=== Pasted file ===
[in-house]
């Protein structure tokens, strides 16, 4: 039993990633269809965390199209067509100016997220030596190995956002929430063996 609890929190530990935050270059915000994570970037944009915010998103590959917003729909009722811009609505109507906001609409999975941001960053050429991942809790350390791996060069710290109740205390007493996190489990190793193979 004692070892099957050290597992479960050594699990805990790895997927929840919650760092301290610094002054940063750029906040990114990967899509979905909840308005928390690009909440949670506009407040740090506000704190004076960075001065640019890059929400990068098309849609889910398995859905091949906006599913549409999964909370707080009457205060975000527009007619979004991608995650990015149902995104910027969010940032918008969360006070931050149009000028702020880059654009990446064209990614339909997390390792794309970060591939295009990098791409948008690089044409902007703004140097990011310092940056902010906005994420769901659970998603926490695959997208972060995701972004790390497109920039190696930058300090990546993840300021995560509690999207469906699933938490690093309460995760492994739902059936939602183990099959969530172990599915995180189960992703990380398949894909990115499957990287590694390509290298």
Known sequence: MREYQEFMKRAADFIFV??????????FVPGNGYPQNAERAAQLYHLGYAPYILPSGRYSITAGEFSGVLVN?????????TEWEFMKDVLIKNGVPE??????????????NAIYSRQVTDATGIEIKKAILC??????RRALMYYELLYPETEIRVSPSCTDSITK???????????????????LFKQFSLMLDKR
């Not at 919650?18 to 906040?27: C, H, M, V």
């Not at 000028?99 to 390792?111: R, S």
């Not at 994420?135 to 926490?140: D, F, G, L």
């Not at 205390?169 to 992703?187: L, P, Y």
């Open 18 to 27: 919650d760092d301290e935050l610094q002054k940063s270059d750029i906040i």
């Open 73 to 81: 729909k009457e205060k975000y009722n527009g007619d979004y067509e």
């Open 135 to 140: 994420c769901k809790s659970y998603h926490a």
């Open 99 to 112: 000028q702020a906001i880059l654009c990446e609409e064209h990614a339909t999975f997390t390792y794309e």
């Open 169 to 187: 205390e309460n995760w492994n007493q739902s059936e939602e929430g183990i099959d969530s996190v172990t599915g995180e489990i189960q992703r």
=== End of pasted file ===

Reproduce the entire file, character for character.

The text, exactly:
[in-house]
């Protein structure tokens, strides 16, 4: 039993990633269809965390199209067509100016997220030596190995956002929430063996 609890929190530990935050270059915000994570970037944009915010998103590959917003729909009722811009609505109507906001609409999975941001960053050429991942809790350390791996060069710290109740205390007493996190489990190793193979 004692070892099957050290597992479960050594699990805990790895997927929840919650760092301290610094002054940063750029906040990114990967899509979905909840308005928390690009909440949670506009407040740090506000704190004076960075001065640019890059929400990068098309849609889910398995859905091949906006599913549409999964909370707080009457205060975000527009007619979004991608995650990015149902995104910027969010940032918008969360006070931050149009000028702020880059654009990446064209990614339909997390390792794309970060591939295009990098791409948008690089044409902007703004140097990011310092940056902010906005994420769901659970998603926490695959997208972060995701972004790390497109920039190696930058300090990546993840300021995560509690999207469906699933938490690093309460995760492994739902059936939602183990099959969530172990599915995180189960992703990380398949894909990115499957990287590694390509290298």
Known sequence: MREYQEFMKRAADFIFV??????????FVPGNGYPQNAERAAQLYHLGYAPYILPSGRYSITAGEFSGVLVN?????????TEWEFMKDVLIKNGVPE??????????????NAIYSRQVTDATGIEIKKAILC??????RRALMYYELLYPETEIRVSPSCTDSITK???????????????????LFKQFSLMLDKR
């Not at 919650?18 to 906040?27: C, H, M, V």
């Not at 000028?99 to 390792?111: R, S």
């Not at 994420?135 to 926490?140: D, F, G, L």
């Not at 205390?169 to 992703?187: L, P, Y």
């Open 18 to 27: 919650d760092d301290e935050l610094q002054k940063s270059d750029i906040i």
């Open 73 to 81: 729909k009457e205060k975000y009722n527009g007619d979004y067509e």
């Open 135 to 140: 994420c769901k809790s659970y998603h926490a």
């Open 99 to 112: 000028q702020a906001i880059l654009c990446e609409e064209h990614a339909t999975f997390t390792y794309e």
């Open 169 to 187: 205390e309460n995760w492994n007493q739902s059936e939602e929430g183990i099959d969530s996190v172990t599915g995180e489990i189960q992703r």